“If the past is any guide, I would expect the military to double down on its current strategy rather than changing course,” Horsey warned. “That implies continued punitive attacks and more atrocities for months and possibly years.”

An institutional collapse of the military or an internal coup against its senior leadership could hasten the end of Myanmar’s crisis, but Ye Myo Hein said he sees no sign of either happening soon. At this point, a “negotiated settlement is highly unlikely,” he said, and the generals will likely continue down this path even if they “ruin the country and their institution.” “The civil-military relations in Myanmar [have] irretrievably broken down,” Ye Myo Hein said.

The military is holding the nation hostage, but its people should not simply give up. The regime hopes that its extreme violence will eventually convince the public that anything, including living under military rule, is better than war. But for now, the people of Myanmar have shown they are willing to endure tremendous hardship—and even lay down their lives—to continue their struggle for democracy. The international community should respect that decision rather than blithely call for a “cessation of violence” and for “all parties” to show restraint, which is effectively a call for the resistance to surrender.

For its part, every atrocity Myanmar’s military commits proves that the regime has no intention of making even basic concessions to the international community. It is an irrational organization that only knows how to solve its problems through violence, which has only incentivized revolutionaries to approach the ongoing crisis as an existential conflict. As the violence spirals without an off-ramp in sight, countries sympathetic to Myanmar’s plight have an obligation to take more creative action to assist the people of Myanmar in liberating themselves from potentially decades of oppression.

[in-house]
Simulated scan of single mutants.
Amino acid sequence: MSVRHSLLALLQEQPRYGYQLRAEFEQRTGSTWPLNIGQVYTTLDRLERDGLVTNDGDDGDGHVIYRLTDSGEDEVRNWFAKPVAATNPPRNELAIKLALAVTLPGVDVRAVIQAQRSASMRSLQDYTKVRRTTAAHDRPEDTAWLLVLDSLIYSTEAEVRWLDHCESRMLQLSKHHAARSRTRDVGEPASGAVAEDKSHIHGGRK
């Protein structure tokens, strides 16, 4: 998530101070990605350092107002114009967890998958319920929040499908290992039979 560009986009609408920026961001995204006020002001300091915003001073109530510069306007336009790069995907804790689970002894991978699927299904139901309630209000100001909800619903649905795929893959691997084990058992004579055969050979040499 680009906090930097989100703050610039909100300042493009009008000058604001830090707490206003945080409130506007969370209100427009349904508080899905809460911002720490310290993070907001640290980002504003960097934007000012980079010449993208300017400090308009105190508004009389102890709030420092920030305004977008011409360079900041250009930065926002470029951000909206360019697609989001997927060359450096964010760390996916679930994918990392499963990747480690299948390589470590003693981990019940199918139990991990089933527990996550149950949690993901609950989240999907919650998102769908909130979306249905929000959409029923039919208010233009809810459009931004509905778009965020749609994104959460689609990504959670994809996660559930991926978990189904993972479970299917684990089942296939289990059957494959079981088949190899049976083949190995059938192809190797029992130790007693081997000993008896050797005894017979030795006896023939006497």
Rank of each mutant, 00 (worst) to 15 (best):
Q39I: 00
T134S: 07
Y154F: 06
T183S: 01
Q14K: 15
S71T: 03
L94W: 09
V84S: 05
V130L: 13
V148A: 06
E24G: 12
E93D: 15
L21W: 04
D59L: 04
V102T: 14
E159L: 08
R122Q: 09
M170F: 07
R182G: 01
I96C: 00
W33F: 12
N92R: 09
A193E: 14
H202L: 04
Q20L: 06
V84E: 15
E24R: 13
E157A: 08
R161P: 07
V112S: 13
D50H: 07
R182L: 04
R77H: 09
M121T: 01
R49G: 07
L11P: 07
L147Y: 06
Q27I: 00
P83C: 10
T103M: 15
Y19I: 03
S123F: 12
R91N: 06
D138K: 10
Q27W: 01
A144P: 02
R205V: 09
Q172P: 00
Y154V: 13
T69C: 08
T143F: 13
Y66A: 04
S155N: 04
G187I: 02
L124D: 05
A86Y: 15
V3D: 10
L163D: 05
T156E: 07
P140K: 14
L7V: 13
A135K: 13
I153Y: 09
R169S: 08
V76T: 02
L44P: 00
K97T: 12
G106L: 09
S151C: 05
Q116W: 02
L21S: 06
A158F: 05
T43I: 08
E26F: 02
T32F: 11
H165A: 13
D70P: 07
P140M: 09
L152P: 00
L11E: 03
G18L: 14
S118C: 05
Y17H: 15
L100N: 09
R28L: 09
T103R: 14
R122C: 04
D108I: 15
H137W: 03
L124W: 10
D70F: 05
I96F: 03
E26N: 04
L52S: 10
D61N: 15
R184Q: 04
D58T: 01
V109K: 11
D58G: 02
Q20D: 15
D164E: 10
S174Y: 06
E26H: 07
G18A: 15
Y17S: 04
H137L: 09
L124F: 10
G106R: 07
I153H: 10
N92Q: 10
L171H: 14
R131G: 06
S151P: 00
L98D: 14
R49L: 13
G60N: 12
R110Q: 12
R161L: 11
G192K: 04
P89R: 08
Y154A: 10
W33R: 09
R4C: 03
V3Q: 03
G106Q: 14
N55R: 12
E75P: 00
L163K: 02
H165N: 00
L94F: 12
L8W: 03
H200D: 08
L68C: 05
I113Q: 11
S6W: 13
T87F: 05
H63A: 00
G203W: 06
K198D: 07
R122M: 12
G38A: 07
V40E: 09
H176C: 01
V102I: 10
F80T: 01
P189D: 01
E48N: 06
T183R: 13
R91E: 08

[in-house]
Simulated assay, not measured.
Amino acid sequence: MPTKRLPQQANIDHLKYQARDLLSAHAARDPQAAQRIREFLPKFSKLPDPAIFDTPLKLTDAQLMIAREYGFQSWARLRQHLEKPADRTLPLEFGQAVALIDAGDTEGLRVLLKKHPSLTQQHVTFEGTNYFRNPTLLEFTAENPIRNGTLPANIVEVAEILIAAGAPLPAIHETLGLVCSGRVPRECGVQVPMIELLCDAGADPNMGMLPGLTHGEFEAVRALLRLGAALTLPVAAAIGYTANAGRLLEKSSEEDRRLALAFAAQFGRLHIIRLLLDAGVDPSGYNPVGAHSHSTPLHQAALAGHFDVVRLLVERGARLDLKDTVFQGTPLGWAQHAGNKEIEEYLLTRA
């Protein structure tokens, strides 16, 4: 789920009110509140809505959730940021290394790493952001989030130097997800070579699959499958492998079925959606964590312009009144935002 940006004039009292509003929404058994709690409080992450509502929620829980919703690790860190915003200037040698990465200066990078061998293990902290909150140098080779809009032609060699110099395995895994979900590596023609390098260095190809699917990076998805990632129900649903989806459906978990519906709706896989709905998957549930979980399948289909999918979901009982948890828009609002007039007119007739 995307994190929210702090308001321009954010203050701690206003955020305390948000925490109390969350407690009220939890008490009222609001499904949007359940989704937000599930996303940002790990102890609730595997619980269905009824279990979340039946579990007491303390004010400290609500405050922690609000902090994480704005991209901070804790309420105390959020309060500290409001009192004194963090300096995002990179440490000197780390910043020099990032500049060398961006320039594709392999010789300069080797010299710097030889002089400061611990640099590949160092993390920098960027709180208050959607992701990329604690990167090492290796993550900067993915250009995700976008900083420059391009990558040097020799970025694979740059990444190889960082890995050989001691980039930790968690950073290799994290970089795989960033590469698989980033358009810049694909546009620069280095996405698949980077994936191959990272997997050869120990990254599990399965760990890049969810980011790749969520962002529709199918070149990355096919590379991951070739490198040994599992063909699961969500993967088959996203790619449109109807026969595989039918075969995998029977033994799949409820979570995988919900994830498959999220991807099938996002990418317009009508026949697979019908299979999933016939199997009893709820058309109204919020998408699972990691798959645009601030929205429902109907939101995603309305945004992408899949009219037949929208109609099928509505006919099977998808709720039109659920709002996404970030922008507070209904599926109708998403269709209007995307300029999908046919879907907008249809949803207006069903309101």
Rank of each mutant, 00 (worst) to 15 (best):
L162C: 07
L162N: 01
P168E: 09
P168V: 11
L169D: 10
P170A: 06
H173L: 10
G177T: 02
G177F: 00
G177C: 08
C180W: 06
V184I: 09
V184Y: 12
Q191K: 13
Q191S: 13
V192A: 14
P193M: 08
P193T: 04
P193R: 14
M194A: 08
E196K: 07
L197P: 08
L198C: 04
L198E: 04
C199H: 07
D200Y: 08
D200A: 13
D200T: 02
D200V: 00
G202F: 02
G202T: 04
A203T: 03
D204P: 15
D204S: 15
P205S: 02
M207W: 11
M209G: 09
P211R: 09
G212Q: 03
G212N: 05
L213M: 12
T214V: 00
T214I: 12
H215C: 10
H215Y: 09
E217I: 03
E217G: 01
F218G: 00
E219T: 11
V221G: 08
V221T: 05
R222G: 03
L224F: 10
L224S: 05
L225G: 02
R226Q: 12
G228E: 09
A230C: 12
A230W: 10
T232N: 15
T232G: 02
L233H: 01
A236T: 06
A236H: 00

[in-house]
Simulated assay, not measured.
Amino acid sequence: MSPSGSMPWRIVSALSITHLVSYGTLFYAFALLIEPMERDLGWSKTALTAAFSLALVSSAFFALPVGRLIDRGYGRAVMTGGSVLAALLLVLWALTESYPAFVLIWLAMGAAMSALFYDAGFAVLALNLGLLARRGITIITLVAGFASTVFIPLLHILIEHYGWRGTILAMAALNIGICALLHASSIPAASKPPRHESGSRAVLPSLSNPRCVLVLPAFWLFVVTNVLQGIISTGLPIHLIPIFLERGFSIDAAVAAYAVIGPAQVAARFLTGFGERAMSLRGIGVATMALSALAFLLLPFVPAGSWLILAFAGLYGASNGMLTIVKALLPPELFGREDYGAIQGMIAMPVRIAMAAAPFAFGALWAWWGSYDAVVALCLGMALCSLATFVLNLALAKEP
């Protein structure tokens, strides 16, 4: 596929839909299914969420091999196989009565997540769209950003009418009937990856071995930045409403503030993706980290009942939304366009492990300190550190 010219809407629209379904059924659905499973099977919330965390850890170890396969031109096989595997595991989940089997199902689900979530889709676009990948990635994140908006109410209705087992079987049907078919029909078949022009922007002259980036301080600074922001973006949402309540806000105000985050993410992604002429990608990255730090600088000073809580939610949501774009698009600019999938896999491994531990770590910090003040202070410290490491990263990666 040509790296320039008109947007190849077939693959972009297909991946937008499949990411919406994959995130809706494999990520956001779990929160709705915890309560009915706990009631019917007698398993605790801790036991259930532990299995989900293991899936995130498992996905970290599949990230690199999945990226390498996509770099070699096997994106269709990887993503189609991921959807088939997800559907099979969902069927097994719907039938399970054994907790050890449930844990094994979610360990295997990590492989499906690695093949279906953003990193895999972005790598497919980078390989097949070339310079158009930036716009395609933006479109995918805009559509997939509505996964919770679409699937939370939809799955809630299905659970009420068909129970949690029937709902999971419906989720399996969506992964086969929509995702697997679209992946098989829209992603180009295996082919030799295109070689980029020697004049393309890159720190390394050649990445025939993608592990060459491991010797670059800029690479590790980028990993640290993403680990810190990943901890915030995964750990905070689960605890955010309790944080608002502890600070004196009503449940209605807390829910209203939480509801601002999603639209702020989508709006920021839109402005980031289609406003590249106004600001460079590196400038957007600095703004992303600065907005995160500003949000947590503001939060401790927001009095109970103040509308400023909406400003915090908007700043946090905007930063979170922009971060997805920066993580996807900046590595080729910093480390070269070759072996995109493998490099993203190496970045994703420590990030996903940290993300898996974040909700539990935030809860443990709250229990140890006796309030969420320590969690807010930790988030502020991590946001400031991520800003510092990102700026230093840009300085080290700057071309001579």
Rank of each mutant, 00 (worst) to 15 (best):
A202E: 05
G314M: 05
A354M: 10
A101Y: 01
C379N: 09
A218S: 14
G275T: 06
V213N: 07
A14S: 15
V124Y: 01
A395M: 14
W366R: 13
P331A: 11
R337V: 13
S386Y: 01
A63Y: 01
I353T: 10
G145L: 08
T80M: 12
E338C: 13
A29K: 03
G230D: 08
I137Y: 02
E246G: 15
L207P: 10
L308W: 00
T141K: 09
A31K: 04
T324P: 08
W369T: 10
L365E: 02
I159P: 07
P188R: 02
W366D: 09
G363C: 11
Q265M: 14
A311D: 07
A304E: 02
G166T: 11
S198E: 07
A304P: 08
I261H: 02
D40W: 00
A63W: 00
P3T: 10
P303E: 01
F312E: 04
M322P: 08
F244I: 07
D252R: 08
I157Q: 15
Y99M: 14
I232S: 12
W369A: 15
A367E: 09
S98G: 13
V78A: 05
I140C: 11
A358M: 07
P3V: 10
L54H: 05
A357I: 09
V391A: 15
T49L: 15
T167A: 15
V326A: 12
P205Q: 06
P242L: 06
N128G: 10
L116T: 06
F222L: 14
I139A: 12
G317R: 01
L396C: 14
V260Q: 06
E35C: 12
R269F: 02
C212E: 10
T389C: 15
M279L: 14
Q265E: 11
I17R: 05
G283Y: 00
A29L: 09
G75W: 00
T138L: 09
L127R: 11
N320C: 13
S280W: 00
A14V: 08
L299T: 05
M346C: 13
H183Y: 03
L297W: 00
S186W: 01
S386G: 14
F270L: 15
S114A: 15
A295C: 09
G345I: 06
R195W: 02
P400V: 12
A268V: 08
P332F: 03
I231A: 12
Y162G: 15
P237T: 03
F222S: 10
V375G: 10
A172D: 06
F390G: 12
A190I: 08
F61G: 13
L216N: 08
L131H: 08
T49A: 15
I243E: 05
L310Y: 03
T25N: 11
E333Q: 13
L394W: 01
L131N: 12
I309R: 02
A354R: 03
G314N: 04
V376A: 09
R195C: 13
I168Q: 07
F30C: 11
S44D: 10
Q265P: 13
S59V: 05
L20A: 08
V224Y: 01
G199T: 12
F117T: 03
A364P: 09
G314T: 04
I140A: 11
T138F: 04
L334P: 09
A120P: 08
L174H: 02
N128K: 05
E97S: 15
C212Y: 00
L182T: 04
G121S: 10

Andrew Nachemson is a journalist covering politics, human rights, and Chinese development in Southeast Asia.
Twitter: @ANachemson

Join the Conversation

Commenting on this and other recent articles is just one benefit of a Foreign Policy subscription.

Already a subscriber? .

Join the Conversation

Join the conversation on this and other recent Foreign Policy articles when you subscribe now.

Not your account?

Join the Conversation

Please follow our comment guidelines, stay on topic, and be civil, courteous, and respectful of others’ beliefs.

You are commenting as .

More from Foreign Policy

U.S. President Joe Biden and Chinese President Xi Jinping shake hands.
U.S. President Joe Biden and Chinese President Xi Jinping shake hands.

Xi-Biden Meeting May Help End China’s Destructive Isolation

Beijing has become dangerously locked off from the world.

The exterior of the Russian Embassy in Stockholm, Sweden, is pictured on March 27, 2018.
The exterior of the Russian Embassy in Stockholm, Sweden, is pictured on March 27, 2018.

Sweden’s Espionage Scandal Raises Hard Questions on Spy Recruitment

Intelligence agencies debate whether foreign-born citizens are more targeted.

President Joe Biden gestures with India's Prime Minister Narendra Modi as the two leaders met in a hallway as Biden was going to a European Commission on the Partnership for Global Infrastructure and Investment on the sidelines of the G20 Summit in Nusa Dua, on the Indonesian island of Bali, on November 15, 2022.
President Joe Biden gestures with India's Prime Minister Narendra Modi as the two leaders met in a hallway as Biden was going to a European Commission on the Partnership for Global Infrastructure and Investment on the sidelines of the G20 Summit in Nusa Dua, on the Indonesian island of Bali, on November 15, 2022.

The G-20 Proved It’s Our World Government

At a time of global conflict, world powers showed that cooperation can actually work.

An illustration for Puck magazine from 1905 shows the battle against bureaucracy.
An illustration for Puck magazine from 1905 shows the battle against bureaucracy.

Only an Absolute Bureaucracy Can Save Us

The West will only restore its stability when civil servants are again devoted to the public rather than themselves.